ANN ARBOR, Mich., Feb. 16, 2011 /PRNewswire-FirstCall/ --
"It has become increasingly clear that in light of the environment of curtailed customer spending, our ongoing discussions with publishers and other vendor related parties, and the company's lack of liquidity, Borders Group does not have the capital resources it needs to be a viable competitor and which are essential for it to move forward with its business strategy to reposition itself successfully for the long term. To position Borders to remedy this condition, Borders Group, with the authorization of its board of directors, has filed a petition for reorganization relief under Chapter 11 of the Bankruptcy Code. This decisive action will give Borders the opportunity to achieve a proper infusion of capital in order to have the opportunity to have the time to reorganize in order to reposition itself to be a successful business for the long term," said Mike Edwards, Borders Group President.
"In this regard, operating under Chapter 11, Borders has received commitments for $505 million in Debtor-in-Possession (DIP) financing led by GE Capital, Restructuring Finance. This financing should enable Borders to meet its obligations going forward so that our stores continue to be competitive for customers in terms of goods, services and the shopping experience. It also affords Borders the opportunity to move forward in implementing the appropriate business strategy designed to reposition Borders to be a potentially vibrant, national retailer of books and other products," Mr. Edwards emphasized.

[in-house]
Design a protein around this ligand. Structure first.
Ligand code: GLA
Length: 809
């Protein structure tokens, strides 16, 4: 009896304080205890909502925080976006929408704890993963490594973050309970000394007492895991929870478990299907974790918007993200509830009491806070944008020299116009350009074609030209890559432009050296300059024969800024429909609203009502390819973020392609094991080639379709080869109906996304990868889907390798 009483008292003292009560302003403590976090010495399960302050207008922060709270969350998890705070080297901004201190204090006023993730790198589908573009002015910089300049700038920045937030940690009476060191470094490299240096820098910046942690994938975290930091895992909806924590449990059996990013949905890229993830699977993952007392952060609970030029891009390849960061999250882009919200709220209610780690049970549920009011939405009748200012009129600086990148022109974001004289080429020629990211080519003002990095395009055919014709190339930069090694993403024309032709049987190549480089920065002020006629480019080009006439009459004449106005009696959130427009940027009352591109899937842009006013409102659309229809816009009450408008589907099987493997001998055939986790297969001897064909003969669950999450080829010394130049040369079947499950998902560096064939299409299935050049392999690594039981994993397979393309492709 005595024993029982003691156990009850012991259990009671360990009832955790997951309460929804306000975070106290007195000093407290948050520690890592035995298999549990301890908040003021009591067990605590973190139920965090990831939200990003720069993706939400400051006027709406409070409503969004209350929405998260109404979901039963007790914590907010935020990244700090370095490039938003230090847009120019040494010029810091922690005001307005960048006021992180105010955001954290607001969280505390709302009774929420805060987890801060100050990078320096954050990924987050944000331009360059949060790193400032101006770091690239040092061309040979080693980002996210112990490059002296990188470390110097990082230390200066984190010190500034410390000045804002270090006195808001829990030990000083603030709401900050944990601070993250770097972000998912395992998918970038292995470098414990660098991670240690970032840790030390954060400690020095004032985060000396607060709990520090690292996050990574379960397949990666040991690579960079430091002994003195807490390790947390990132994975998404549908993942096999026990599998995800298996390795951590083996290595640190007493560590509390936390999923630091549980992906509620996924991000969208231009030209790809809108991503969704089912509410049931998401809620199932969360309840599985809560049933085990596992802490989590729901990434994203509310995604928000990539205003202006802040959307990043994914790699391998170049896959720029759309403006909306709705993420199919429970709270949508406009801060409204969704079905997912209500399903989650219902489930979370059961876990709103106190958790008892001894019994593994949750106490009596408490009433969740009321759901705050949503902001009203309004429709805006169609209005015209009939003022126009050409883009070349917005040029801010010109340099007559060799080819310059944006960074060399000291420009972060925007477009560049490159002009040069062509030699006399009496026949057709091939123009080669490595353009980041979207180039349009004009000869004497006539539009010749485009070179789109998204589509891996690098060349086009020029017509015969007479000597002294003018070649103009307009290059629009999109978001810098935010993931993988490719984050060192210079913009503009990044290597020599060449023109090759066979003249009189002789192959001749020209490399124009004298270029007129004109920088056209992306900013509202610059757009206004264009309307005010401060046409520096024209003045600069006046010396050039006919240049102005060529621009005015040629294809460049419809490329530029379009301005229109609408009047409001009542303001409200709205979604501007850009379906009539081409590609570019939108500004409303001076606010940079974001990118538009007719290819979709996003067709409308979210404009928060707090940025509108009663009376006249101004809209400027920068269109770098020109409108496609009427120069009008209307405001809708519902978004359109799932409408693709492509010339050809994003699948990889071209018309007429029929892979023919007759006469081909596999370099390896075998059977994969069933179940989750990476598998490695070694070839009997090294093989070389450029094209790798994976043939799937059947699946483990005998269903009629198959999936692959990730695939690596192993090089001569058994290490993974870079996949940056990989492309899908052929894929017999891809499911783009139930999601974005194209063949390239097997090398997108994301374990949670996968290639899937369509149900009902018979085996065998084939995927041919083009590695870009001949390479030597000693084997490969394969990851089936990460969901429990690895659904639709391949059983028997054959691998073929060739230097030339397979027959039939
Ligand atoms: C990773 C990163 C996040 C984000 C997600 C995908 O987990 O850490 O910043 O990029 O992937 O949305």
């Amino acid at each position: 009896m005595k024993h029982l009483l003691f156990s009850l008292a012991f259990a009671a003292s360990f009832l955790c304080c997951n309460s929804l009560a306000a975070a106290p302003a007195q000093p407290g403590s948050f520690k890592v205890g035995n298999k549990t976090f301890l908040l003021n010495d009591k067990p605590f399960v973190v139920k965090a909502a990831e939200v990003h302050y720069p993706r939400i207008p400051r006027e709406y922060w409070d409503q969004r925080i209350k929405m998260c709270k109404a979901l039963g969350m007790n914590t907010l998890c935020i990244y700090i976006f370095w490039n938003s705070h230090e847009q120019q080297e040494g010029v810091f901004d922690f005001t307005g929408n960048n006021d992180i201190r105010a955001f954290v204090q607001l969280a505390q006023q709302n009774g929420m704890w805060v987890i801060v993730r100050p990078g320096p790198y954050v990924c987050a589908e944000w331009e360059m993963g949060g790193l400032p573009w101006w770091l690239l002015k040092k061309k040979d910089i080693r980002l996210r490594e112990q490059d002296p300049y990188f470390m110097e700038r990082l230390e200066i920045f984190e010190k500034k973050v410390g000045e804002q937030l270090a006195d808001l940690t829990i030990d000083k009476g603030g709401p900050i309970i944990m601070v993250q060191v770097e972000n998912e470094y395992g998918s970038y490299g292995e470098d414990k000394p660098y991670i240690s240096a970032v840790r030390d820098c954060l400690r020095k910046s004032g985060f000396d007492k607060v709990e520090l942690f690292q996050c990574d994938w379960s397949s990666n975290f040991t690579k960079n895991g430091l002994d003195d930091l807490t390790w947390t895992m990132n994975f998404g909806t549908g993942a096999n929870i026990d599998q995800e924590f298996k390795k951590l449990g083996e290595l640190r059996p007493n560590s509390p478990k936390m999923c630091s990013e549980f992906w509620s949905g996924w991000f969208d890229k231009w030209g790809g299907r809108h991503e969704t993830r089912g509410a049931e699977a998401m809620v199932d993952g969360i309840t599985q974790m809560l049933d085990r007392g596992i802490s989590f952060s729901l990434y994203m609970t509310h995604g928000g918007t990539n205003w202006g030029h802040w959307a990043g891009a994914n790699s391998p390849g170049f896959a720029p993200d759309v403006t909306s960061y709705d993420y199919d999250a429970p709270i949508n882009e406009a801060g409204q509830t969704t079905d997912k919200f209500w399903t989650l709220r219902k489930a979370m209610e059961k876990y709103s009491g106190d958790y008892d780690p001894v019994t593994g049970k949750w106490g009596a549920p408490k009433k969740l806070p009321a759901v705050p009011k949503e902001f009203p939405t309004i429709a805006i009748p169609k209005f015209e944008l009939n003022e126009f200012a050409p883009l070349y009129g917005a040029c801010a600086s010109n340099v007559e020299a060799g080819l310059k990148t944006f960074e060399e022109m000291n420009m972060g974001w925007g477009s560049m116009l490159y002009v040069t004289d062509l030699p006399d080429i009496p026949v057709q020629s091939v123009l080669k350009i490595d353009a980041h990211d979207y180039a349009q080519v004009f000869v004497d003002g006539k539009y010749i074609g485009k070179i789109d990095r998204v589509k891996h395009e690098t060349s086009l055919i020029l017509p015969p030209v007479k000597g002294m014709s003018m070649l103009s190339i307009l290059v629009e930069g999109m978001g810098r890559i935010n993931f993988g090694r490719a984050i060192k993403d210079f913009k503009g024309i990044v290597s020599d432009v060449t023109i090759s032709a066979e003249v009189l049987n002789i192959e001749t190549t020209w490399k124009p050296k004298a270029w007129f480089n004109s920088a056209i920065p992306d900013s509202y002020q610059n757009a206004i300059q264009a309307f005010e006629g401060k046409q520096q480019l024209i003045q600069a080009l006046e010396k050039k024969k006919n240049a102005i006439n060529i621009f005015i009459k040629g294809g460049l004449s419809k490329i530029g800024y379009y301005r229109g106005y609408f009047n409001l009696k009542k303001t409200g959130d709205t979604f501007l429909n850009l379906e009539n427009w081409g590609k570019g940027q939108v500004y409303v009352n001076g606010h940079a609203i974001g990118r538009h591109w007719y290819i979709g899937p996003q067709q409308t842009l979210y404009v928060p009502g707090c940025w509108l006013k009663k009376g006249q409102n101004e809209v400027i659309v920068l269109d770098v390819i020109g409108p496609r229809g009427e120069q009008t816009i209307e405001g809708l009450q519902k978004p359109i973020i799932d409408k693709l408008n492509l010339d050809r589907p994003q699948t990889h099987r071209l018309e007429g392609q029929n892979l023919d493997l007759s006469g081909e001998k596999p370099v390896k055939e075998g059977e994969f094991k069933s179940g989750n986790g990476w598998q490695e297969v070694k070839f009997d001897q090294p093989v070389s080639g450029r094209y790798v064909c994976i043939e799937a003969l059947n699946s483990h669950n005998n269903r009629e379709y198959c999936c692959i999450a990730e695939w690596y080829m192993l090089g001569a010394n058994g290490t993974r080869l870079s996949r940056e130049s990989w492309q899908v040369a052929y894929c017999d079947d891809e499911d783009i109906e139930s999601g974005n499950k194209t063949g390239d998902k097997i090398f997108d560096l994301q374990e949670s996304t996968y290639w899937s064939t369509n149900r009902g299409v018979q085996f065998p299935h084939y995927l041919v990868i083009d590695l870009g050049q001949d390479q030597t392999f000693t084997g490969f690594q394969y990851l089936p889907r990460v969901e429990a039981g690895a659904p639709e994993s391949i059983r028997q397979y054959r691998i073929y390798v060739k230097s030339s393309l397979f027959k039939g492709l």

The company said that it is serving customers in the normal course, including honoring its Borders Rewards program, gift cards and other customer programs. Additionally, the company expects to make employee payroll and continue its benefits programs for its employees.
Borders said that it has many strengths upon which to build a solid plan of reorganization and implement a new business model for Borders to address the changing needs of the American reader. "For decades, Borders has been a beacon of engagement – a highly frequented destination for consumers and a significant venue for authors and vendors to showcase new books and merchandise. We have the ability, based on our brick and mortar presence nationally; the on-line capabilities we have in place; the loyalty of, and access to, our customers; and the products and services we offer to be an important and easy access destination of exploration and purchase for readers across the country," commented Mr. Edwards.
The company noted that, among other initiatives and subject to court approval, Borders plans to undertake a strategic Store Reduction Program to facilitate reorganization and its repositioning. Borders has identified certain underperforming stores — equivalent to approximately 30 percent of the company's national store network — that are expected to close in the next several weeks. At the same time, the company noted that a major strength of Borders is its national presence, and its extensive network of remaining stores as well as Borders.com, will continue to run in normal course. The company emphasized that the closings were a reflection of economic conditions, cost structures and viability of locations, among other factors, and not on the dedication and productivity of the workforce in these stores.